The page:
Reflecting on the Science of Reflectors
3rd Dec 2017
When you are driving on a long stretch of unlit, monotonous highway in the middle of the night, those reflectors – whether on posts, signs, or along the road itself – are like angelic beacons reassuring you that you're not about to sail off a cliff. In most other circumstances, these ubiquitous prismatic surfaces barely register in our consciousness, even though the story of their creation and evolution is surprisingly interesting.
How They Work
The scientific principle behind reflectors is retroreflectivity, or the return of light off a surface back to the light source with minimal scattering. When the light from a car's headlights hits the reflector, it is refracted and reflected back at different angles as it hits multiple reflective materials. The car is also moving, changing the angles, so we see a prismatic light effect.
How Far They've Come
In 1906, Rudolf Straubel obtained a patent for an invention he called a "reflector", which was a multiple mirror system, designed to reflect light in a precise manner. In 1912, Robert Venner obtained a patent for his method of setting glass spheres in grooves on signs and name plates, which reflected light back for increased visibility. In the 1920s, glass spheres – also called "cataphotes" or "cat's eyes" – became widely used in traffic signs in Great Britain.
Then, in 1939, Harry Heltzer of 3M designed the first reflective sheeting material, which was given the name, "Scotchlite reflective sheeting". That same year, the first traffic sign with reflective sheeting was erected on the outskirts of Minneapolis. The problem was that dirt would accumulate on the surface of the sheeting, which was covered with small glass beads.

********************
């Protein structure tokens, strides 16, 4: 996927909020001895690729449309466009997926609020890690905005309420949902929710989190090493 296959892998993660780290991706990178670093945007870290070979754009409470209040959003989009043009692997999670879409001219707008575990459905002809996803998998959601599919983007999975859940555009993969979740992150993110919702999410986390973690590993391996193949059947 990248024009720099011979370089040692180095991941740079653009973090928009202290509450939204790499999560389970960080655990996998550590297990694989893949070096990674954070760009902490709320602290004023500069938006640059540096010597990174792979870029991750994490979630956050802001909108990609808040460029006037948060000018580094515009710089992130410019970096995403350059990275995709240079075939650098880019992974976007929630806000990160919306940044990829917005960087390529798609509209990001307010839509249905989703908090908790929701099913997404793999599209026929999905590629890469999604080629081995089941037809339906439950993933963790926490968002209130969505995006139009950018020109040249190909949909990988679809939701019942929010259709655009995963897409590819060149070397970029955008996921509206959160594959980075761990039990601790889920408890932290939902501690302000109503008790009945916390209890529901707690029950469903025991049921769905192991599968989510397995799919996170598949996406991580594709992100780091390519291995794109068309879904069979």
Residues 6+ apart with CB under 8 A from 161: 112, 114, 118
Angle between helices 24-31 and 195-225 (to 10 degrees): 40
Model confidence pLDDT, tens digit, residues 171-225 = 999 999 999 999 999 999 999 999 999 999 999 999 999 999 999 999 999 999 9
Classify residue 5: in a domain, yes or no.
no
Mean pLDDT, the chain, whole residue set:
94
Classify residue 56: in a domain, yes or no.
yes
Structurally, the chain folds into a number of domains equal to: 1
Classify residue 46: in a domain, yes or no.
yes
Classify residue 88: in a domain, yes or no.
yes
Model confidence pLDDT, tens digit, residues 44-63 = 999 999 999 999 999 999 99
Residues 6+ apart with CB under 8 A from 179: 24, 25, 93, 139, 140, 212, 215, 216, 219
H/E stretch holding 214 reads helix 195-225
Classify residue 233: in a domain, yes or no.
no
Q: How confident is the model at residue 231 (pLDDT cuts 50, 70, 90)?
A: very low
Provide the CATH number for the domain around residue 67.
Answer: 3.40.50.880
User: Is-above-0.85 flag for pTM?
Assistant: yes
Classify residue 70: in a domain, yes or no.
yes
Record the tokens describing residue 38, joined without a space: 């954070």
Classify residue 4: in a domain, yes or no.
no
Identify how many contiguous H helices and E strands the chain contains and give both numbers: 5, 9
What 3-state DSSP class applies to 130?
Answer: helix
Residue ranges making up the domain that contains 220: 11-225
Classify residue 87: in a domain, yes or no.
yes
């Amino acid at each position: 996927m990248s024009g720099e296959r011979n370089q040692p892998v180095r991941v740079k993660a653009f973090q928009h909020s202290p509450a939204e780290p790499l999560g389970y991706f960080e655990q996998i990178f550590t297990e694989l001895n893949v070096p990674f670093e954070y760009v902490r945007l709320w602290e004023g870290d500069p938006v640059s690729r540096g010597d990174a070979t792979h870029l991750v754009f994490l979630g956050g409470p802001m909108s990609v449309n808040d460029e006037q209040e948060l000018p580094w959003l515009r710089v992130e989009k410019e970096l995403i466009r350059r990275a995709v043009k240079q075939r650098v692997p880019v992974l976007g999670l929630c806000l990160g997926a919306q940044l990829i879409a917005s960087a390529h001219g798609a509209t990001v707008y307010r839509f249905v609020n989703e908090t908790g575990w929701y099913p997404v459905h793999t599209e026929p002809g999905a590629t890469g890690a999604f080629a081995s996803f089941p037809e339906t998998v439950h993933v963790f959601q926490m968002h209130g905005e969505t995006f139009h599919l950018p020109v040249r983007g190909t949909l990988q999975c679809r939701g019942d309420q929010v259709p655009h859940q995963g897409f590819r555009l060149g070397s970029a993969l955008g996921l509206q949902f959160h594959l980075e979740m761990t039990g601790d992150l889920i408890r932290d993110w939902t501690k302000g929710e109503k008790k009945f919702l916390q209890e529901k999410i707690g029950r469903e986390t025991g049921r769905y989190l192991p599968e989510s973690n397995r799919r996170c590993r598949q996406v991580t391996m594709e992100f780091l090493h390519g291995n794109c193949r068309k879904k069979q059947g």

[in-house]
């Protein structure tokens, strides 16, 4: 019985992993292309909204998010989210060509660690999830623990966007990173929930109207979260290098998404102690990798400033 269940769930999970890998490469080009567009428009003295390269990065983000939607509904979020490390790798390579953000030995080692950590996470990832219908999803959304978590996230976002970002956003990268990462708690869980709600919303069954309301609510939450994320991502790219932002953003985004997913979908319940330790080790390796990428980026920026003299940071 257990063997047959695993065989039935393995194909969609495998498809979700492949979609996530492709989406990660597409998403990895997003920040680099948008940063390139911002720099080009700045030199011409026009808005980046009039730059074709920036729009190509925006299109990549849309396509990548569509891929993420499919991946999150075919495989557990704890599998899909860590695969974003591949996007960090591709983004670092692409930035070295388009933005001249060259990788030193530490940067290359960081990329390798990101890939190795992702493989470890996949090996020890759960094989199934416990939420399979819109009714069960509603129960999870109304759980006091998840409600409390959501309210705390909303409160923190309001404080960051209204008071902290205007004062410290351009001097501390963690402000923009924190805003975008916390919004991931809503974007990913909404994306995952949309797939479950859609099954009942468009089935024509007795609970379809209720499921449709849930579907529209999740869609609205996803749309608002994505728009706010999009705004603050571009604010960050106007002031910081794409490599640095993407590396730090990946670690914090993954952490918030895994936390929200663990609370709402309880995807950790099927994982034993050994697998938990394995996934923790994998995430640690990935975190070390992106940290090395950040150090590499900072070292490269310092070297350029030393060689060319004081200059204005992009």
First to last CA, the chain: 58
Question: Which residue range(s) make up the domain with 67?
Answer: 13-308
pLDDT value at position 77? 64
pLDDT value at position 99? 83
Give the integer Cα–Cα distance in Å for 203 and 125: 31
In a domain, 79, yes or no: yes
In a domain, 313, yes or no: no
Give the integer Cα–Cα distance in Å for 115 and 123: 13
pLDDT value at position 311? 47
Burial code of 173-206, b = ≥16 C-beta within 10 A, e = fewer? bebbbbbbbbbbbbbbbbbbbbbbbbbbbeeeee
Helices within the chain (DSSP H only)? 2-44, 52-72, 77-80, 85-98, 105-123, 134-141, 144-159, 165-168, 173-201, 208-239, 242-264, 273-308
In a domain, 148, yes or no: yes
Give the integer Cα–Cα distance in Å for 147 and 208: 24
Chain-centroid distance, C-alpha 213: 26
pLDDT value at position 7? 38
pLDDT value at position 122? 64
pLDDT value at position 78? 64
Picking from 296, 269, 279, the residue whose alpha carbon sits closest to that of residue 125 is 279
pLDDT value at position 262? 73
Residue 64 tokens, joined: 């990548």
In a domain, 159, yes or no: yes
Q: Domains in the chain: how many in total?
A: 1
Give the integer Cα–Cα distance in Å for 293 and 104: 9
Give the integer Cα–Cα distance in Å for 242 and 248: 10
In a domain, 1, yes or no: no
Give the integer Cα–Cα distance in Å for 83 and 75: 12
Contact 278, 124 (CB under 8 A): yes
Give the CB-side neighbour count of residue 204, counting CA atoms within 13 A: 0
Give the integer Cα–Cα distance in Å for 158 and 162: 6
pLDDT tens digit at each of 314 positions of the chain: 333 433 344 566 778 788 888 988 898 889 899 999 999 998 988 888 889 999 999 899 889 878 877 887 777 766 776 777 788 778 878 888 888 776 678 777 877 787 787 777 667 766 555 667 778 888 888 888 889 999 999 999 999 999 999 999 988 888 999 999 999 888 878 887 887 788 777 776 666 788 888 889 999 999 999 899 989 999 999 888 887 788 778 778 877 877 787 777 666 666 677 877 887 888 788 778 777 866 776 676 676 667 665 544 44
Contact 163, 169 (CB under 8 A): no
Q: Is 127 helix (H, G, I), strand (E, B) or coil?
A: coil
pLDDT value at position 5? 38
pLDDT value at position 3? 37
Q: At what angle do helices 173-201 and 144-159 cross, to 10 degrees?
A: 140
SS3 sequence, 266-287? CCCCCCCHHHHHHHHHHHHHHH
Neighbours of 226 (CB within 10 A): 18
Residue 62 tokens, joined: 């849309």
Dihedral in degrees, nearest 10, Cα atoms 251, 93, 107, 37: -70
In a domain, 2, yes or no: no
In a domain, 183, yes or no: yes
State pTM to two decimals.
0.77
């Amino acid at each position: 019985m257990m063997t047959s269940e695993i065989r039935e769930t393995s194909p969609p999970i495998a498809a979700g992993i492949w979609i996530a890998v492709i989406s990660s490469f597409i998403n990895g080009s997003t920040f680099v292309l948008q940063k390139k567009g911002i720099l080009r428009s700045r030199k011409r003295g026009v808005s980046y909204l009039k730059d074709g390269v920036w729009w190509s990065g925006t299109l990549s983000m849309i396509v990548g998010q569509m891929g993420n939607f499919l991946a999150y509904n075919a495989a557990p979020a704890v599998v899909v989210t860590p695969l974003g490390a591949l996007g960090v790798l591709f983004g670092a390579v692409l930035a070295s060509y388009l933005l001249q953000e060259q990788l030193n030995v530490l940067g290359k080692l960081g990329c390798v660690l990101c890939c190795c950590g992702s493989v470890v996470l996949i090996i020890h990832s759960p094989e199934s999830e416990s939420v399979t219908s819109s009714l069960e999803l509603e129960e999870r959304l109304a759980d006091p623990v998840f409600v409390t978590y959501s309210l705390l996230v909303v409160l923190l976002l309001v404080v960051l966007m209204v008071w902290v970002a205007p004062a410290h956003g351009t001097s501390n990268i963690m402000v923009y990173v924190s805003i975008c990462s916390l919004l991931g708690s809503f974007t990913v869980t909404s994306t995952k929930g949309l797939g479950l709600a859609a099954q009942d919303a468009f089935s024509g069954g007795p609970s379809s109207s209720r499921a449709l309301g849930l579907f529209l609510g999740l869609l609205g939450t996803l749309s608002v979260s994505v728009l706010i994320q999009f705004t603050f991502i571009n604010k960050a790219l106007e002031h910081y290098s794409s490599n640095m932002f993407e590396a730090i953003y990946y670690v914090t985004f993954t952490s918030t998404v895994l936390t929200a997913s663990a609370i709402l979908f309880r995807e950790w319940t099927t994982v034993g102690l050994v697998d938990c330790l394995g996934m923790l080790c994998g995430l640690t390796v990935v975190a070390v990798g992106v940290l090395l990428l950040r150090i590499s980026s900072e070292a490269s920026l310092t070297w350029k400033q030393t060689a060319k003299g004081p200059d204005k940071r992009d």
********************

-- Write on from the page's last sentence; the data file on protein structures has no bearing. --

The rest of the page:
Five years later, 3M researchers also developed beads that were more reflective and weather resistant. The innovation here was the addition of a transparent film on top of the beaded sheeting. Referred to back then as "flat top sheeting", we now know this material as "engineering grade" sheeting.
It was in 1963 that the game changed entirely, when the Rowland Brothers developed "prismatic optics", an antecedent to the microprismatics that are used in reflective sheeting nowadays. Because these cube-corners – cut from glass or silica – were so small, prismatic optic materials could finally be incorporated into thin sheets of transparent plastic.
Twenty five years later, in 1988, 3M again revolutionized reflectors when it began manufacturing its diamond grade reflective sheeting, which would later be improved upon in the 1990s. Essentially, glass beads were replaced with "microscopic prismatic reflectors" – around 7,000 per square inch.
Let There Be Light
According to the Federal Highway Administration, retroreflective signs are a crucial component when it comes to reducing nighttime crash rates, especially for older drivers. It is no wonder that reflectors are everywhere, marking sign posts, enhancing delineator posts, marking the ends of roads. Reflectors are also commonly seen on mailboxes and other items to make them more visible.
Take a look at all the different reflector products we have in our comprehensive catalog, or contact us today to find out what type of reflector material best suits your needs. Maybe we can shed some light on that topic for you...